Introduction | Chapter Two
In terms of influence on early modern English authors, the pragmatics of history mean that the Romans are more important than the Greeks. Vergil, whose Aeneid is modeled carefully on the Iliad and the Odyssey, provides the transmission of the epic conventions of hauntings, but equally influential is the alternative model displayed in the tragedies of Seneca. Seneca's version of haunting, freed from the dignity and constraints of epic, explores and charts the horror that comes with interaction between the dead and the living.
Whether or not the rational containment of tragedy enacted by Aristotle's Poetics, with its careful codifications and rules, is ever fully successful, it does not give an audience any leverage on Seneca at all. Gordon Braden discusses the ways in which Seneca's philosophy and plays are warped and colored by the fantastic and irrational pressures of Nero's court, arguing that Seneca's Stoicism, like his tragedies, is formed by the inward-turning of the competitive drive that shaped classical culture, the same force that made the Julio-Claudians what they were (Braden 14). Vasily Rudich offers a vivid description of the Catch-22 in which Neronian authors were caught; due to the highly rhetoricized nature of Julio-Claudian literature, no text was safe from accusations of subversive innuendo (Rudich 13-16). Seneca's writing is at all levels a reflection of what it was like to survive in, and ultimately to fall prey to, the Neronian court.
Unlike the revenge tragedies I will examine in later chapters, these are plays of interiority, with only the most limited and cursory acknowledgment of a wider society. Seneca's villains--and it is hard to describe any character in Seneca as otherwise than villainous, or at best antiheroic--are creatures of monstrously swollen egotism; their universe is solipsistic to the nth degree. There is no community in Seneca's plays except the community of victims, and that in itself is a damning indictment of Neronian Rome.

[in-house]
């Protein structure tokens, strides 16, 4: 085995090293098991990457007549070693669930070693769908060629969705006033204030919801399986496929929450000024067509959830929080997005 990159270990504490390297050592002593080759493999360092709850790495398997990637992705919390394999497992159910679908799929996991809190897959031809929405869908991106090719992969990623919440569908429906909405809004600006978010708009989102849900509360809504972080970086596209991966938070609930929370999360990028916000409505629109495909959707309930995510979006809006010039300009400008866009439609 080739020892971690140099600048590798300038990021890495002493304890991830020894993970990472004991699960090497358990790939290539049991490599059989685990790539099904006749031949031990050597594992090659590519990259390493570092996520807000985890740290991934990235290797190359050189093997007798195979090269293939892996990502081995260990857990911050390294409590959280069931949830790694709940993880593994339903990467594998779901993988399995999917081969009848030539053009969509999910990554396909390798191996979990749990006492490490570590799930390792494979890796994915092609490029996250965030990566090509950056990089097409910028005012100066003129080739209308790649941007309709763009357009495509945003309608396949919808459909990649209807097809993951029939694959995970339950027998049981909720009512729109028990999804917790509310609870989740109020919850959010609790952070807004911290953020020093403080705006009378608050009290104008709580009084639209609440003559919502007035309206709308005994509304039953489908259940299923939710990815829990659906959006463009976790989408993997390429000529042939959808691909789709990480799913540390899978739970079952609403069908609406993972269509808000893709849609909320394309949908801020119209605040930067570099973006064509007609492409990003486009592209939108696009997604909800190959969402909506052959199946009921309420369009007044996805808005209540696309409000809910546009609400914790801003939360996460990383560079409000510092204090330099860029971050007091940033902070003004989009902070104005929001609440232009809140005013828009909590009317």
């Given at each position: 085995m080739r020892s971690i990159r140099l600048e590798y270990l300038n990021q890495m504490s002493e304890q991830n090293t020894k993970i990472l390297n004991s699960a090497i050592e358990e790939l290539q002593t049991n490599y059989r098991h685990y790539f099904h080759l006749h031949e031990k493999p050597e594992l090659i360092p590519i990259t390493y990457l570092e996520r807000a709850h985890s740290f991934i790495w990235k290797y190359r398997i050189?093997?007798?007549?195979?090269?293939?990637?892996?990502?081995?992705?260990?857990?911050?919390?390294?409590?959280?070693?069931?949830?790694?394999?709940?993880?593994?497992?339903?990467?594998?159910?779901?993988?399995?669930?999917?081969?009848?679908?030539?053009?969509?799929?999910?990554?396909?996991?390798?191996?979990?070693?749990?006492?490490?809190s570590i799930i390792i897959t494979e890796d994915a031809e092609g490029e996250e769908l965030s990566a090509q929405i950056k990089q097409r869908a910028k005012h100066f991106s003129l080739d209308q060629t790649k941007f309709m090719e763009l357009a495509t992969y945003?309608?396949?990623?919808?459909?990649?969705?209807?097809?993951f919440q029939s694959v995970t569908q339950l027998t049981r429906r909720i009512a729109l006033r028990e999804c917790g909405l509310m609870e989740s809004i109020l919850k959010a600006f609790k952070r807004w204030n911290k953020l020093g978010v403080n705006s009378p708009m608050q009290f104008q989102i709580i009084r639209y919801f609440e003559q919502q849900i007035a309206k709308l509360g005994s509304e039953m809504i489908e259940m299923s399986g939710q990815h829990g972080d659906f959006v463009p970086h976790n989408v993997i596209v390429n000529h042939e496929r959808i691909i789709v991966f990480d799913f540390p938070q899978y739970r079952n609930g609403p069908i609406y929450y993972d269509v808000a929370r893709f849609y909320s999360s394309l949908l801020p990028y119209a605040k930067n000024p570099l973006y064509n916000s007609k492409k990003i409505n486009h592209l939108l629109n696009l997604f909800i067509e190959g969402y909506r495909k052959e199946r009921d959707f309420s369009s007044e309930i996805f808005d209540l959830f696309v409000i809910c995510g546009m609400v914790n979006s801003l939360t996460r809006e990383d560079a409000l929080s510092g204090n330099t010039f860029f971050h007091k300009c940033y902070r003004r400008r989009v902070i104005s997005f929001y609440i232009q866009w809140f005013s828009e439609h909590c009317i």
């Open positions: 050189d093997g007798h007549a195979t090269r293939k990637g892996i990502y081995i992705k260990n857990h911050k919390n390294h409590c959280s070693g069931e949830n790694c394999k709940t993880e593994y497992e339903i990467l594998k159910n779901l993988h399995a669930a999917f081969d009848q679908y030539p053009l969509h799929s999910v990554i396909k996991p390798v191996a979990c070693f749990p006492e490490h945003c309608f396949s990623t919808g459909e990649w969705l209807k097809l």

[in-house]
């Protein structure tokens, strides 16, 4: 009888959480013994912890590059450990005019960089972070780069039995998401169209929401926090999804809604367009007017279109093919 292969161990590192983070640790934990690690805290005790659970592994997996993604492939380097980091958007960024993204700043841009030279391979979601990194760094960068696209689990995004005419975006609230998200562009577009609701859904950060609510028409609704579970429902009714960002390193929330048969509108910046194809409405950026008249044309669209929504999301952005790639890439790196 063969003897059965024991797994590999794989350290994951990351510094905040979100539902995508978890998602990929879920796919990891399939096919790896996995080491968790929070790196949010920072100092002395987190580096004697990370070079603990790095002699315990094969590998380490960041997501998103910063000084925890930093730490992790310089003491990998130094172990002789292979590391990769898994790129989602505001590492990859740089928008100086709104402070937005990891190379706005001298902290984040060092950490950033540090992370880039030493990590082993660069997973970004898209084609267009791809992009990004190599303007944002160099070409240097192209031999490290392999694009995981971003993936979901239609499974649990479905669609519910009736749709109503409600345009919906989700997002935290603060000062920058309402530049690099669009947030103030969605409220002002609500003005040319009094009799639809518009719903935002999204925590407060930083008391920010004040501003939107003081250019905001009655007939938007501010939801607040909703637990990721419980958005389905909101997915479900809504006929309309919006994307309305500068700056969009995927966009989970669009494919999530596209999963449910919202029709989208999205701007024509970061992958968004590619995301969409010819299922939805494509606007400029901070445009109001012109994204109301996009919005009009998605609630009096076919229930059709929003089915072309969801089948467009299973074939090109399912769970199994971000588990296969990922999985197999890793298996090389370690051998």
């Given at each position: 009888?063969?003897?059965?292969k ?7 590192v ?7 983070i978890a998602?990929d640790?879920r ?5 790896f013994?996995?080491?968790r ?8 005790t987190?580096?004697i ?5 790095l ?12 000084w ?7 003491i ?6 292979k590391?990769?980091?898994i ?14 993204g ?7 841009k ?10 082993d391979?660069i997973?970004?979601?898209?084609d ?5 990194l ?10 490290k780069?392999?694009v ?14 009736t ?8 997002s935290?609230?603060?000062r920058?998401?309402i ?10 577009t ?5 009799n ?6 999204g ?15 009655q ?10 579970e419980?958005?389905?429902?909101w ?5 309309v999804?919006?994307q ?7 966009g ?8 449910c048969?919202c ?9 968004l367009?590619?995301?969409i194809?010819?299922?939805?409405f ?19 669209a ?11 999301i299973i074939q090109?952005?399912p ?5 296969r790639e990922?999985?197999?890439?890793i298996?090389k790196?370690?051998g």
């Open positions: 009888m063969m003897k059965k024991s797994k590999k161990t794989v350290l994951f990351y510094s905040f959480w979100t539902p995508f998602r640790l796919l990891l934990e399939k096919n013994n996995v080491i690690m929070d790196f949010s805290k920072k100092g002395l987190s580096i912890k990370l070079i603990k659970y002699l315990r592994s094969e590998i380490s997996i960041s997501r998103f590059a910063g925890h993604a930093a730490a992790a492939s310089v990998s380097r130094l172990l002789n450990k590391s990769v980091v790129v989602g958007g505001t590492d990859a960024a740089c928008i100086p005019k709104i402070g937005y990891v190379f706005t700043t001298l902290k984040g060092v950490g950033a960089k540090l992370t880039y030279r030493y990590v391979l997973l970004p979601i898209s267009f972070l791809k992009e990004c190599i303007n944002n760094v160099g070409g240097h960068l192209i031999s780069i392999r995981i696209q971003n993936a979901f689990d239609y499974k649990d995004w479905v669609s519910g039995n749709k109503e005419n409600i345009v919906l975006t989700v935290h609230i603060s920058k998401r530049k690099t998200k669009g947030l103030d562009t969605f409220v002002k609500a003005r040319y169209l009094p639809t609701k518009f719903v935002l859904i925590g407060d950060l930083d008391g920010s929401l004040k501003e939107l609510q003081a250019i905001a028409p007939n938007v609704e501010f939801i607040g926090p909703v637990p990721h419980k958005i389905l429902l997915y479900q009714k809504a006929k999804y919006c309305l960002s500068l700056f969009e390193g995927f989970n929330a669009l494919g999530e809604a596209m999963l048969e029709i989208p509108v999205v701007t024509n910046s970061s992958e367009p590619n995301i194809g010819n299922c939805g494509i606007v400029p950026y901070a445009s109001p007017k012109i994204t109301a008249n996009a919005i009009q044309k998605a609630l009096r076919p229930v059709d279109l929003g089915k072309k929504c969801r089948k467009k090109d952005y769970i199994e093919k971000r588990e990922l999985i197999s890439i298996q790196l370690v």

Aemulatio, as R. J. Tarrant, points out, was the usual method for Augustan authors such as Vergil and Ovid to interact with their Greek predecessors (Tarrant 217-18). But as Braden's argument makes clear, by the time of Nero, aemulatio had become culturally carcinogenic; denied other victims, it turns on itself. For Seneca, horror depends on an ingrown, festering need for competition; the competitive ethos run wild leads inexorably to the absence of control and rationality, to the inability to maintain distinct categories, and that loss is what inevitably tips tragedy over into blood-boltered horror.
The distinctive quality of Seneca is most readily apparent, since we have no other Roman examples1, via comparison with the Greek playwright most similar to him: Euripides. In Hippolytus (of which each of them has a version), Seneca's sensibility emerges unmistakably at the end of the play. In Euripides, Hippolytus is brought back on stage still alive, still participating in the tragedy which is his, able to experience and enact closure with his death. Seneca's Hippolytus is literally non-closed, a jigsaw of body parts (carried on stage in a box) whose collection and arrangement make the witnesses of his tragedy coerced agents in the attempt to achieve closure.2 When the box is brought on stage, this coercion is extended to Theseus, to Phaedra, and to the audience, as we are presented directly with the messy remnants of what is no longer in any sense a private downfall. We are all implicated in the ultimately hopeless task of piecing Hippolytus together again, of trying to regain the classical restraint and dignity which Euripides presents and Seneca annihilates. Seneca refuses to allow tragedy and horror to be contained by the structures of drama.
At the same time, the other side of Seneca's extravagance is the undeniable fact that his tragedies always, deliberately, court falling over into the ludicrous and camp, tragedy and comedy being another categorical distinction refused by Senecan aesthetics.3 While bringing pieces of Hippolytus back on-stage in a box is horrifying, it is also blackly comic--which in turn feeds the sense of horror; as Stephen Greenblatt remarks in Hamlet in Purgatory, discussing the nightmares of Jews under the Third Reich, "The intimations of grotesque humor in several of the details ... do not detract from the horror ... in the dreams; if anything, the details intensify the terror by undermining the dignity of tragic pathos" (Greenblatt 166). Comedy and horror, in Seneca as in the nightmares Greenblatt discusses, are conjoined twins, inseparable. One cannot be understood without the other. Horror in Seneca is never quite straight; it is always self-conscious, always suspect. It is in this way most quintessentially abject, a categorical miasma, a breeding ground for secrets that will not stay hidden.